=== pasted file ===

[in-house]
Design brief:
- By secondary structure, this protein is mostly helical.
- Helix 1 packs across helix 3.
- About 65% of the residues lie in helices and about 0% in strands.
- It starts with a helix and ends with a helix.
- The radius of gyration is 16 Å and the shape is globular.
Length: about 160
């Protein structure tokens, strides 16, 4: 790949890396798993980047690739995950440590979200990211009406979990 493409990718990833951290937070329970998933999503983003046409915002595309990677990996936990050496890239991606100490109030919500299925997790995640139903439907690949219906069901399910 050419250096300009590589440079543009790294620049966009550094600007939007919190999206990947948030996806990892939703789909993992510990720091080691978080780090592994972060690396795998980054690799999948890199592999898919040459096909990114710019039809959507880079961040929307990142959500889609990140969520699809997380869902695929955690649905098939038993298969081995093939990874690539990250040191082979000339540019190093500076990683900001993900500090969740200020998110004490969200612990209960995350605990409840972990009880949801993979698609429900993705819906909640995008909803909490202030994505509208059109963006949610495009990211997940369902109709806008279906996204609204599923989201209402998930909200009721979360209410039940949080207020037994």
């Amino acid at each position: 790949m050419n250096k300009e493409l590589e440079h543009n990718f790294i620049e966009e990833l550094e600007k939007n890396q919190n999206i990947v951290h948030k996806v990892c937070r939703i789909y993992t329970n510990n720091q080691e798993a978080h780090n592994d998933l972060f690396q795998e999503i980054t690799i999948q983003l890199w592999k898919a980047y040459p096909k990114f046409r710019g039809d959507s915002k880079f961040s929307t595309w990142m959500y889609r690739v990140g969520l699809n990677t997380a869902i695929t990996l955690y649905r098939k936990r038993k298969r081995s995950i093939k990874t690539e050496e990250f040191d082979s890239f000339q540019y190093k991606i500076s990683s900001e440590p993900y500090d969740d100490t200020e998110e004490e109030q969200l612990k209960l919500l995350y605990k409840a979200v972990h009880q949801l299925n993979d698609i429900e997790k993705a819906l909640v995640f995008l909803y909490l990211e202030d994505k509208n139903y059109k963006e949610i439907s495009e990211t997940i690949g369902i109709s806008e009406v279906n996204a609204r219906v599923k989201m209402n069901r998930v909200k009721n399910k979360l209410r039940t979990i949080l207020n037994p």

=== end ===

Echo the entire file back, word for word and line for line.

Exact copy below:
[in-house]
Design brief:
- By secondary structure, this protein is mostly helical.
- Helix 1 packs across helix 3.
- About 65% of the residues lie in helices and about 0% in strands.
- It starts with a helix and ends with a helix.
- The radius of gyration is 16 Å and the shape is globular.
Length: about 160
């Protein structure tokens, strides 16, 4: 790949890396798993980047690739995950440590979200990211009406979990 493409990718990833951290937070329970998933999503983003046409915002595309990677990996936990050496890239991606100490109030919500299925997790995640139903439907690949219906069901399910 050419250096300009590589440079543009790294620049966009550094600007939007919190999206990947948030996806990892939703789909993992510990720091080691978080780090592994972060690396795998980054690799999948890199592999898919040459096909990114710019039809959507880079961040929307990142959500889609990140969520699809997380869902695929955690649905098939038993298969081995093939990874690539990250040191082979000339540019190093500076990683900001993900500090969740200020998110004490969200612990209960995350605990409840972990009880949801993979698609429900993705819906909640995008909803909490202030994505509208059109963006949610495009990211997940369902109709806008279906996204609204599923989201209402998930909200009721979360209410039940949080207020037994």
């Amino acid at each position: 790949m050419n250096k300009e493409l590589e440079h543009n990718f790294i620049e966009e990833l550094e600007k939007n890396q919190n999206i990947v951290h948030k996806v990892c937070r939703i789909y993992t329970n510990n720091q080691e798993a978080h780090n592994d998933l972060f690396q795998e999503i980054t690799i999948q983003l890199w592999k898919a980047y040459p096909k990114f046409r710019g039809d959507s915002k880079f961040s929307t595309w990142m959500y889609r690739v990140g969520l699809n990677t997380a869902i695929t990996l955690y649905r098939k936990r038993k298969r081995s995950i093939k990874t690539e050496e990250f040191d082979s890239f000339q540019y190093k991606i500076s990683s900001e440590p993900y500090d969740d100490t200020e998110e004490e109030q969200l612990k209960l919500l995350y605990k409840a979200v972990h009880q949801l299925n993979d698609i429900e997790k993705a819906l909640v995640f995008l909803y909490l990211e202030d994505k509208n139903y059109k963006e949610i439907s495009e990211t997940i690949g369902i109709s806008e009406v279906n996204a609204r219906v599923k989201m209402n069901r998930v909200k009721n399910k979360l209410r039940t979990i949080l207020n037994p």